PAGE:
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Intelligence Bureau

The three main intelligence agencies in Pakistan are ISI, Military Intelligence [MI] and the Intelligence Bureau [IB]. Each agency has its own specific responsibilities, but all share the common goal of preserving Paksitan's national security. Since any significant domestic or foreign political activity impinges on national security, there has traditinally been considerable overlap in the activities of these three agencies. The ISI and MI have generally focused on matters of immediate military interest, and the IB concentrated on domestic political activities.

Prior to the imposition of Martial Law in 1958, the IB reported directly to the Prime Minister and the two military agencies to the Commander-in-Chief of the Army (C-in-C). When martial Law was promulgated in 1958, all the intelligence agencies fell under the direct control of the President and Chief Martial Law Administrator, and the three intelligence agencies began competing to demonstrate their loyalty to Ayub Khan and his government.

The Intelligence Bureau monitors politicians, political activists, suspected terrorists, and suspected foreign intelligence agents. The IB keeps tabs on political operatives from countries it considers hostile to Pakistan's interests, and it is responsible for harassing domestic opposition parties. Credible reports indicate that the authorities commonly resort to wiretapping and occasionally intercept and open mail.

The Intelligence Bureau is under the Prime Minister's cabinet division. A total of Rs. 25.8 million was spent on the IB in 1976-77. The Intelligence Bureau grew in importance with the re-election of Benazir Bhutto in 1993. One of her most controversial appointments to government posts was that of Masood Sharif as Director General Intelligence Bureau. Sharif was believed to have played an active role in toppling the Shabir Shah government in the North West Frontier Province (NWFP). His appointment precipitated a major crisis in the Pakistani state apparatus, because Benazir then began using the IB chief to erode the once all powerful ISI's base. Benazir's attempts to root out the influence of military intelligence in the country's internal affairs mirrored the failed efforts of her father in the 1970s. This was the last straw as far as the military was concerned.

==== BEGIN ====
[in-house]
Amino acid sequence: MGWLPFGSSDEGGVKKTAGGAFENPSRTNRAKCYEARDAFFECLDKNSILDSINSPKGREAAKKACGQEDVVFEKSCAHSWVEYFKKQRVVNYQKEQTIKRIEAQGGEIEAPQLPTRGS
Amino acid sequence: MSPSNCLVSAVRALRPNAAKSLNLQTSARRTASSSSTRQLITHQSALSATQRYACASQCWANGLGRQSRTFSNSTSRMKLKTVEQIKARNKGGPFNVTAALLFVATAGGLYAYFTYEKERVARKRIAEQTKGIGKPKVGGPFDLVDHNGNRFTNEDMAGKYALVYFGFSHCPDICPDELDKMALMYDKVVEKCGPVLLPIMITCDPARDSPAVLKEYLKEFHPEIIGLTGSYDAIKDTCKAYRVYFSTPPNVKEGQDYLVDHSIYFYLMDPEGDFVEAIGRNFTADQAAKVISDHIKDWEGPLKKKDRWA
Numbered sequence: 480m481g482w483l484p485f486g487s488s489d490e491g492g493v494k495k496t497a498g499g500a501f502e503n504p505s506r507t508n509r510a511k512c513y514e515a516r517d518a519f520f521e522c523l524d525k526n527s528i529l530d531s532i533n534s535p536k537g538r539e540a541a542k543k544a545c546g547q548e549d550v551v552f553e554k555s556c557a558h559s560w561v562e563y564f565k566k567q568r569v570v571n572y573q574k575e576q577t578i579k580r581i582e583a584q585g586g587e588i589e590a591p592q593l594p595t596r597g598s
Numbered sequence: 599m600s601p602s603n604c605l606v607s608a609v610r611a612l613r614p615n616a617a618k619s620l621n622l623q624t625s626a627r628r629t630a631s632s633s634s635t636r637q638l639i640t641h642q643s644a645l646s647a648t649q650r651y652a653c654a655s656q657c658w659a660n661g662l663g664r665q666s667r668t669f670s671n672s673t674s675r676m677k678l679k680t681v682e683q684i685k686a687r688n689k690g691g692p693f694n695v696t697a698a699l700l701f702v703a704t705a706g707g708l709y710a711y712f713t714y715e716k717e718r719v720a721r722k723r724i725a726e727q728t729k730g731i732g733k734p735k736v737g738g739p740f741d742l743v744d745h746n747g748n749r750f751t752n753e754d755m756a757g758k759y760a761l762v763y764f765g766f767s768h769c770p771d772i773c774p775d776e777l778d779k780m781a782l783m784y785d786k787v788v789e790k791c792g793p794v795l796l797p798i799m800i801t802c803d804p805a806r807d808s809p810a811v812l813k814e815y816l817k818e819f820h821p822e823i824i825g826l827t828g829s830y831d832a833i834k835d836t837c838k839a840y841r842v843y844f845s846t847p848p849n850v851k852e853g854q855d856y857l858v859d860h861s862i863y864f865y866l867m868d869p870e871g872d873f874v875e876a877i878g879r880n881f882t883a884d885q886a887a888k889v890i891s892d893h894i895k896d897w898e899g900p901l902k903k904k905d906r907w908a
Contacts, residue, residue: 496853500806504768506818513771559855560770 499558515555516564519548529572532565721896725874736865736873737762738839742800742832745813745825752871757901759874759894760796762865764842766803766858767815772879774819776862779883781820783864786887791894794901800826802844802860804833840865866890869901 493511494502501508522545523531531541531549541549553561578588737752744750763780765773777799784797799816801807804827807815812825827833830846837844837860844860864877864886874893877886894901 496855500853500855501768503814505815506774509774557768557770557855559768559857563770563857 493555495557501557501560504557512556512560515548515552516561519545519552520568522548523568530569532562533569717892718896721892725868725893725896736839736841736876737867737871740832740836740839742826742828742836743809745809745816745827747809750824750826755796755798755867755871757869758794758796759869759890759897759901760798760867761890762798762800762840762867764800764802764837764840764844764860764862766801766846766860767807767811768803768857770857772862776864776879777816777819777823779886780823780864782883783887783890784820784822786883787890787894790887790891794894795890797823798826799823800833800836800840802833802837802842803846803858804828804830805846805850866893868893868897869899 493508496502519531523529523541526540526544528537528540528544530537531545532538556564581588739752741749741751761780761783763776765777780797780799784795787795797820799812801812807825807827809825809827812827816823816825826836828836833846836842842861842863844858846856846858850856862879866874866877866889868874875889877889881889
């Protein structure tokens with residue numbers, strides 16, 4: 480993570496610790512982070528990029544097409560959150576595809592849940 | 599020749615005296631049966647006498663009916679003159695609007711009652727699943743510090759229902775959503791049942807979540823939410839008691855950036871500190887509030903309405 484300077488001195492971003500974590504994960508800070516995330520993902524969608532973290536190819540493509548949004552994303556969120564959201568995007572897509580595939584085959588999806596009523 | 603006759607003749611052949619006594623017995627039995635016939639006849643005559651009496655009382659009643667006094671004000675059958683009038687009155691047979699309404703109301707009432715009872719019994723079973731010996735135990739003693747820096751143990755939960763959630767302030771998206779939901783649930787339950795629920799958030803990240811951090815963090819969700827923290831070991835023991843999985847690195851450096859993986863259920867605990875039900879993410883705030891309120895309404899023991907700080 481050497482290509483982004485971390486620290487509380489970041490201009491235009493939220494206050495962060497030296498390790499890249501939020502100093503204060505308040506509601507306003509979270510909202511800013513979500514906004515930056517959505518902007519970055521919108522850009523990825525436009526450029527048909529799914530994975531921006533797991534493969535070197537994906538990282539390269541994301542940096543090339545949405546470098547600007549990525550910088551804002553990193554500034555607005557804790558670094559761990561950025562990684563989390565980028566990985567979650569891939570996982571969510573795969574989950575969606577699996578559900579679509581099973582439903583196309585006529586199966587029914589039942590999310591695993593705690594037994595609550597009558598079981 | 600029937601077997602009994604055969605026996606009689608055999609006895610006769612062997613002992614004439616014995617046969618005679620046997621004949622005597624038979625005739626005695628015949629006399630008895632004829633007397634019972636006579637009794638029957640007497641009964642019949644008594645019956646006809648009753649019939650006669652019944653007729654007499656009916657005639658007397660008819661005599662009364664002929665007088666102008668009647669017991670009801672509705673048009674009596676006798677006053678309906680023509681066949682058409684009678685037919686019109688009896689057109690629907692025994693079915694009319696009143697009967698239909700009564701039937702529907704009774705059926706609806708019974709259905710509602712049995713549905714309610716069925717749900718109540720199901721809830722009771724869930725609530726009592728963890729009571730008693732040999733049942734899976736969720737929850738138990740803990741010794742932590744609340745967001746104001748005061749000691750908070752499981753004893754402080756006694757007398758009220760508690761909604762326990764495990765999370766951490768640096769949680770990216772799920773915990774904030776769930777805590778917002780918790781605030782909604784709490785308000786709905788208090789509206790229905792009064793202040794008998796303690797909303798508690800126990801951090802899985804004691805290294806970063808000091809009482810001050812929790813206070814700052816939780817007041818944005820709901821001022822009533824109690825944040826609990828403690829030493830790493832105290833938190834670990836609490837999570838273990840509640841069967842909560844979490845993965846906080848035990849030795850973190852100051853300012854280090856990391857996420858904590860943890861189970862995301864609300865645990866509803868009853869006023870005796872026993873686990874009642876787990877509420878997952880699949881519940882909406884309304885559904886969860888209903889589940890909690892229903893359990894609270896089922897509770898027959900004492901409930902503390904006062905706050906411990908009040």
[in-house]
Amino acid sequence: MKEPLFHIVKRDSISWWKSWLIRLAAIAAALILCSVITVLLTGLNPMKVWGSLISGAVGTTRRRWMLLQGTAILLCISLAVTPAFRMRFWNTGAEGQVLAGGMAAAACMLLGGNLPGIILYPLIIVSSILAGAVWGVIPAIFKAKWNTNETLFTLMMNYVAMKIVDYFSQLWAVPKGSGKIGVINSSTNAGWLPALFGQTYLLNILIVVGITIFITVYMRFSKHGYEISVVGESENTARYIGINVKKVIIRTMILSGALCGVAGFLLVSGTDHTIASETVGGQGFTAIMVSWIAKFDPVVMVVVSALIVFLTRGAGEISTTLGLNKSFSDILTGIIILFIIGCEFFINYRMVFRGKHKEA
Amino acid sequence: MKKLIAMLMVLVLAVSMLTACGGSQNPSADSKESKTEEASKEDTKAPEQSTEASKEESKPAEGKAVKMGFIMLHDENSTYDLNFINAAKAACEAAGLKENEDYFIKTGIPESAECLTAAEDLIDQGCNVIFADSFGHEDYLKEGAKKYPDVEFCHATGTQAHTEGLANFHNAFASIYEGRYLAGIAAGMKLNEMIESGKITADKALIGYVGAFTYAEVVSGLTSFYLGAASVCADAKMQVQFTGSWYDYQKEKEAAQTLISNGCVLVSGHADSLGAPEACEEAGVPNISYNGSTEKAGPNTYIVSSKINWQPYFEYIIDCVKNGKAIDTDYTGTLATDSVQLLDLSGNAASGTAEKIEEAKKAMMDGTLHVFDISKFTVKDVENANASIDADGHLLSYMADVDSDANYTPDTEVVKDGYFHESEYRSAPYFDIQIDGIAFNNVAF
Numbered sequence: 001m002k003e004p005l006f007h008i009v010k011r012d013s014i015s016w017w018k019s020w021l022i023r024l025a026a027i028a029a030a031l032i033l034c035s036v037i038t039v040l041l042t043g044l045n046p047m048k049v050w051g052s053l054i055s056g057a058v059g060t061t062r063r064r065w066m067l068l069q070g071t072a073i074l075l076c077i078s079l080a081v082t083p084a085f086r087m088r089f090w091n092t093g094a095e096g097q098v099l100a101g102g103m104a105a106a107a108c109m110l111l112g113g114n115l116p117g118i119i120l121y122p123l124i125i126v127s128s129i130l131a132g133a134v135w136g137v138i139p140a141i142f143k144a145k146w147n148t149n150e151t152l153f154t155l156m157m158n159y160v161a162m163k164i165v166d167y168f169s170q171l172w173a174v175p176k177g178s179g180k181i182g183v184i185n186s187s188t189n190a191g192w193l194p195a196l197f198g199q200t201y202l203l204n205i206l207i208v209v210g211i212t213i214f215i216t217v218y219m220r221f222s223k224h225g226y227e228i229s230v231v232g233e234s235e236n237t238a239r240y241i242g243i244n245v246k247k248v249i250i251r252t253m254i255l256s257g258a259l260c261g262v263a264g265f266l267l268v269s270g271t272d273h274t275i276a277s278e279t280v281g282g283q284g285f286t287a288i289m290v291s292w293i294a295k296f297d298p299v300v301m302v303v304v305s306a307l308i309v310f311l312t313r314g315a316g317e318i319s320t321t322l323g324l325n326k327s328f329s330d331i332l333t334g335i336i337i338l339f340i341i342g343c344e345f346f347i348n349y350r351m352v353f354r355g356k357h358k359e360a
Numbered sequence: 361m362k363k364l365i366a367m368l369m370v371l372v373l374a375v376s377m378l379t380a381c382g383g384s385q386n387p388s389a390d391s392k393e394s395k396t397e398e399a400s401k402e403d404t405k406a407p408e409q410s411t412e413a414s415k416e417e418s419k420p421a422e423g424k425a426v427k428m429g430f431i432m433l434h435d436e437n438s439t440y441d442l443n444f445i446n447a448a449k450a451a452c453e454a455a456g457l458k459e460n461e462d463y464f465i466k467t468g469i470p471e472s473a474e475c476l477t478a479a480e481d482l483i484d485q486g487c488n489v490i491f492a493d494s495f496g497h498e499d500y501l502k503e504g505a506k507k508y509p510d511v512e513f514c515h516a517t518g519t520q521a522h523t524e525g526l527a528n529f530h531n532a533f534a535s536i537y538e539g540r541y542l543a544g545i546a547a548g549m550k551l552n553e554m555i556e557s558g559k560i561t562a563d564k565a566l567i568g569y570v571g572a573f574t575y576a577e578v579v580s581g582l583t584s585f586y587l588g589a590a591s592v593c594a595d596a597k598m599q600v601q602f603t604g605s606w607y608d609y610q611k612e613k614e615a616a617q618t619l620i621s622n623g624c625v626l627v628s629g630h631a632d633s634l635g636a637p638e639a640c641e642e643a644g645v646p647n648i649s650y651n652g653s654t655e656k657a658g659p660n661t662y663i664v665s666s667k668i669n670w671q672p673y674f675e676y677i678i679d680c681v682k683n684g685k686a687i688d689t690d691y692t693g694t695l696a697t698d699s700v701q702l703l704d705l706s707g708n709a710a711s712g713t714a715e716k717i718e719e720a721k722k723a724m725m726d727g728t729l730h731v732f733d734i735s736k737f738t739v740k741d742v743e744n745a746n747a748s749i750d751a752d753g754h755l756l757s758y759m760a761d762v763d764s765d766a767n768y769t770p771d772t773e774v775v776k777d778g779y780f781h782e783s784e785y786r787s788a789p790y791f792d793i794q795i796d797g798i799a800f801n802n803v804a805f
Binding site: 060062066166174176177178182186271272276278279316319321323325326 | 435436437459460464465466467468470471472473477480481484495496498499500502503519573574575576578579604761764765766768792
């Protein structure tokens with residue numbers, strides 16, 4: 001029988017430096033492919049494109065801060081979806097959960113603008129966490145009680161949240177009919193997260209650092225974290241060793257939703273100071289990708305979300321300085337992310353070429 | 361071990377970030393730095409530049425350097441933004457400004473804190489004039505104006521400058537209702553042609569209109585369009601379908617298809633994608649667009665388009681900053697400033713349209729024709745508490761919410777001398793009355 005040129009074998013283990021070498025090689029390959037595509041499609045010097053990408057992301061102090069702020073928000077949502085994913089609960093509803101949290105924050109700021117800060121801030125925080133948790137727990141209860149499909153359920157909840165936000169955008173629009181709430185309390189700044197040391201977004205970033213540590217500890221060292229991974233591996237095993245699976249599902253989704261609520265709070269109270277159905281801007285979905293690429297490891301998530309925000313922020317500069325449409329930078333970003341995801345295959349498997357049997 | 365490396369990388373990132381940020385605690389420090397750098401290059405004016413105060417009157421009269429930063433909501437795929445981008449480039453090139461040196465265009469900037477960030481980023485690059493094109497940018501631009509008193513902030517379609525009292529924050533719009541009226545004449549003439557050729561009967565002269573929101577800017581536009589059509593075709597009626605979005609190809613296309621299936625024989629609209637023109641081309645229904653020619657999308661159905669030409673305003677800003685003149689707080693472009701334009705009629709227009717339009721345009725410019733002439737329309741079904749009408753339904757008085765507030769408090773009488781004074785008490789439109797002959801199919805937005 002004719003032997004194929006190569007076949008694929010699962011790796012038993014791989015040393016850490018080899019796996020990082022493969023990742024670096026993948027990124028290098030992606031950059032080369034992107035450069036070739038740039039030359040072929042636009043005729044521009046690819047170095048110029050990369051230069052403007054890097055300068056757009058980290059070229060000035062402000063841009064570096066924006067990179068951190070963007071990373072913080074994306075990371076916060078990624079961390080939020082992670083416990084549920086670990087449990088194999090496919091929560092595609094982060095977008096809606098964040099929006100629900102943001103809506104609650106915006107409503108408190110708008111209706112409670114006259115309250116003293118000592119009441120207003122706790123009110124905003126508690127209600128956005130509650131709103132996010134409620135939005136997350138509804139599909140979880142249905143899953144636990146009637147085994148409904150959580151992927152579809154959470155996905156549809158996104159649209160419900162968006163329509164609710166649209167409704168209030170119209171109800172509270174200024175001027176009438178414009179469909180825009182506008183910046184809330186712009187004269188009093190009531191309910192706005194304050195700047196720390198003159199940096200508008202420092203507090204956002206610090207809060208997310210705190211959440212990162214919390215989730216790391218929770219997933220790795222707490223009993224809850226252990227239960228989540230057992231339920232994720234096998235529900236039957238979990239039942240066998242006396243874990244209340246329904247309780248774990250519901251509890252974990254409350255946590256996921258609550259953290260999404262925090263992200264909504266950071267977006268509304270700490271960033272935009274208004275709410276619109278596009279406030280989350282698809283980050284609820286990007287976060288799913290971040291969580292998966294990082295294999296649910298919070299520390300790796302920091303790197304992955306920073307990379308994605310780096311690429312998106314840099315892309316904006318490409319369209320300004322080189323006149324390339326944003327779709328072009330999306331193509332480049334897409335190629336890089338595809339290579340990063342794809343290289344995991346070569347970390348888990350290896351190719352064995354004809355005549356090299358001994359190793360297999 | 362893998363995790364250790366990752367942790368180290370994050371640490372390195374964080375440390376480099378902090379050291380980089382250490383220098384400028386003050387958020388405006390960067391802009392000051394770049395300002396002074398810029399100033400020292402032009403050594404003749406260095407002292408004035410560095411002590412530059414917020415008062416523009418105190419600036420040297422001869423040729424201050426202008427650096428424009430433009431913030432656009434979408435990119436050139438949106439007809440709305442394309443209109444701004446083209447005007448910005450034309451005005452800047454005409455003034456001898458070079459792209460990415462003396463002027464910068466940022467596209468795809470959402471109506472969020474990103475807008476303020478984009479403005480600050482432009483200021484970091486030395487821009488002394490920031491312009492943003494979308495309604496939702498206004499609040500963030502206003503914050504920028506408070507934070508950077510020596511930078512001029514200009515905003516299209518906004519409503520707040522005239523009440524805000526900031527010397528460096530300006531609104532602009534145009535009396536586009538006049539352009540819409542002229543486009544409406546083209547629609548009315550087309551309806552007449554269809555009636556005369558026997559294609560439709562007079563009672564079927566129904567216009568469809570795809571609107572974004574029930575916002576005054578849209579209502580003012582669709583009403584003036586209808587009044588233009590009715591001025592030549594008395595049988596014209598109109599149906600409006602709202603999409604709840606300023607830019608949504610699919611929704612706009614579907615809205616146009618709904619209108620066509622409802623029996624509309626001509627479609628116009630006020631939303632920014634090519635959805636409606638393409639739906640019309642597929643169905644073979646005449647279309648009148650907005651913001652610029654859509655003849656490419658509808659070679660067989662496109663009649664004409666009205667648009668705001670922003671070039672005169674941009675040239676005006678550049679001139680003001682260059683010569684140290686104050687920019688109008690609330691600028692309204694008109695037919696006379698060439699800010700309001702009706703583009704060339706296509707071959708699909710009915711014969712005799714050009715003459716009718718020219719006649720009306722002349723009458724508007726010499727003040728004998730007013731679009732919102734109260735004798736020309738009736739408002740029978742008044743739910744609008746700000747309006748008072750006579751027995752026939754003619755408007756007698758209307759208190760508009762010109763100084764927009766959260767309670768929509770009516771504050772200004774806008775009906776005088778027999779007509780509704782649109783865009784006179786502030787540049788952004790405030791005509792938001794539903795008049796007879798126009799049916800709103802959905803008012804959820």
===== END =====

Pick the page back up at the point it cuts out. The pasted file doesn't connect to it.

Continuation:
In his order dismissing Prime Minister Bhutto on 05 November 1996, President Leghari accused the Government of massive illegal wiretapping, including the telephone conversations of judges, political party leaders, and military and civilian officials. One of the first acts of President Leghari after dismissing Benazir was to imprison Masood Sharif, head of Intelligence Bureau under Prime Minister Benazir Bhutto. He was arrested and imprisoned, not on corruption charges but as part of a murder investigation.

On 15 December 1996, the caretaker government announced that, effective immediately, all foreign and domestic mail was to be subject to censorship by the Special Branch and the Intelligence Bureau.

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Page last modified: 28-07-2011 00:54:04 ZULU